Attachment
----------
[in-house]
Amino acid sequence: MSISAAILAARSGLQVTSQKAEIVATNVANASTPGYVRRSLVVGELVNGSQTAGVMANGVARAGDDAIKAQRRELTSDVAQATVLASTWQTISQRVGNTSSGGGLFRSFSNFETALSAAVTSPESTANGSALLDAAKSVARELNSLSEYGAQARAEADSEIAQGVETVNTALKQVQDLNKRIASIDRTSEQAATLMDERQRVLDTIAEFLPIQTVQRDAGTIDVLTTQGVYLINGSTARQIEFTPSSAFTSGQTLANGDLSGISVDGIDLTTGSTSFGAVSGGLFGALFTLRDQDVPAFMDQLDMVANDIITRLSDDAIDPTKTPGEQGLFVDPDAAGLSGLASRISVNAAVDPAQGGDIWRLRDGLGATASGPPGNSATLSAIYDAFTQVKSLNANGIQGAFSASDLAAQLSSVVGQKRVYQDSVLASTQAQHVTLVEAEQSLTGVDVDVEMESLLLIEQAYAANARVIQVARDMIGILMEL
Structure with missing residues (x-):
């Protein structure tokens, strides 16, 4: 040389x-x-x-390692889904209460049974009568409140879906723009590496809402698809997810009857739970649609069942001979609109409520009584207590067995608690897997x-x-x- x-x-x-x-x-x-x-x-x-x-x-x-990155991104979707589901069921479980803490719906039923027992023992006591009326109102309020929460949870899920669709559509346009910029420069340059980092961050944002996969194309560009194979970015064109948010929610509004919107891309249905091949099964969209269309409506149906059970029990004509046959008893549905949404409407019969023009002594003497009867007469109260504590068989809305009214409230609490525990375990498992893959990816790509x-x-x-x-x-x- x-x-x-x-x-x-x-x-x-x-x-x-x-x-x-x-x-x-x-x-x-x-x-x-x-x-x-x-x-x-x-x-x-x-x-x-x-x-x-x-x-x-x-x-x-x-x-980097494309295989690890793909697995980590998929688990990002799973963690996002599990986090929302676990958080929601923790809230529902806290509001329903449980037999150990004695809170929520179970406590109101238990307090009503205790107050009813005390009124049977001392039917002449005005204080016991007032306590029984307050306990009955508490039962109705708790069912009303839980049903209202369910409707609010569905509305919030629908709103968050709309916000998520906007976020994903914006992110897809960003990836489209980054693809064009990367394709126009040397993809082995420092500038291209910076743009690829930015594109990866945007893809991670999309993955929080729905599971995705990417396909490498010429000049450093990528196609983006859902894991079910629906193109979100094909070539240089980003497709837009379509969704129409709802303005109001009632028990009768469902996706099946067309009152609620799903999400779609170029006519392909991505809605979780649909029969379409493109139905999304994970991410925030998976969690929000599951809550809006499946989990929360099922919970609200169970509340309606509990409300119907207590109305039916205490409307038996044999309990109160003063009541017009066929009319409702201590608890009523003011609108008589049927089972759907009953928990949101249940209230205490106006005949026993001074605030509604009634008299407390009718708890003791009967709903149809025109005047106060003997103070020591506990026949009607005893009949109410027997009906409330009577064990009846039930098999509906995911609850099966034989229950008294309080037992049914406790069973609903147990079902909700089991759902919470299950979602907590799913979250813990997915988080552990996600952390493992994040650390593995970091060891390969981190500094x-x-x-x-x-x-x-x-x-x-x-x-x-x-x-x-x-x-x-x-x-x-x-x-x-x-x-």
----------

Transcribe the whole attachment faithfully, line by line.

[in-house]
Amino acid sequence: MSISAAILAARSGLQVTSQKAEIVATNVANASTPGYVRRSLVVGELVNGSQTAGVMANGVARAGDDAIKAQRRELTSDVAQATVLASTWQTISQRVGNTSSGGGLFRSFSNFETALSAAVTSPESTANGSALLDAAKSVARELNSLSEYGAQARAEADSEIAQGVETVNTALKQVQDLNKRIASIDRTSEQAATLMDERQRVLDTIAEFLPIQTVQRDAGTIDVLTTQGVYLINGSTARQIEFTPSSAFTSGQTLANGDLSGISVDGIDLTTGSTSFGAVSGGLFGALFTLRDQDVPAFMDQLDMVANDIITRLSDDAIDPTKTPGEQGLFVDPDAAGLSGLASRISVNAAVDPAQGGDIWRLRDGLGATASGPPGNSATLSAIYDAFTQVKSLNANGIQGAFSASDLAAQLSSVVGQKRVYQDSVLASTQAQHVTLVEAEQSLTGVDVDVEMESLLLIEQAYAANARVIQVARDMIGILMEL
Structure with missing residues (x-):
């Protein structure tokens, strides 16, 4: 040389x-x-x-390692889904209460049974009568409140879906723009590496809402698809997810009857739970649609069942001979609109409520009584207590067995608690897997x-x-x- x-x-x-x-x-x-x-x-x-x-x-x-990155991104979707589901069921479980803490719906039923027992023992006591009326109102309020929460949870899920669709559509346009910029420069340059980092961050944002996969194309560009194979970015064109948010929610509004919107891309249905091949099964969209269309409506149906059970029990004509046959008893549905949404409407019969023009002594003497009867007469109260504590068989809305009214409230609490525990375990498992893959990816790509x-x-x-x-x-x- x-x-x-x-x-x-x-x-x-x-x-x-x-x-x-x-x-x-x-x-x-x-x-x-x-x-x-x-x-x-x-x-x-x-x-x-x-x-x-x-x-x-x-x-x-x-x-980097494309295989690890793909697995980590998929688990990002799973963690996002599990986090929302676990958080929601923790809230529902806290509001329903449980037999150990004695809170929520179970406590109101238990307090009503205790107050009813005390009124049977001392039917002449005005204080016991007032306590029984307050306990009955508490039962109705708790069912009303839980049903209202369910409707609010569905509305919030629908709103968050709309916000998520906007976020994903914006992110897809960003990836489209980054693809064009990367394709126009040397993809082995420092500038291209910076743009690829930015594109990866945007893809991670999309993955929080729905599971995705990417396909490498010429000049450093990528196609983006859902894991079910629906193109979100094909070539240089980003497709837009379509969704129409709802303005109001009632028990009768469902996706099946067309009152609620799903999400779609170029006519392909991505809605979780649909029969379409493109139905999304994970991410925030998976969690929000599951809550809006499946989990929360099922919970609200169970509340309606509990409300119907207590109305039916205490409307038996044999309990109160003063009541017009066929009319409702201590608890009523003011609108008589049927089972759907009953928990949101249940209230205490106006005949026993001074605030509604009634008299407390009718708890003791009967709903149809025109005047106060003997103070020591506990026949009607005893009949109410027997009906409330009577064990009846039930098999509906995911609850099966034989229950008294309080037992049914406790069973609903147990079902909700089991759902919470299950979602907590799913979250813990997915988080552990996600952390493992994040650390593995970091060891390969981190500094x-x-x-x-x-x-x-x-x-x-x-x-x-x-x-x-x-x-x-x-x-x-x-x-x-x-x-």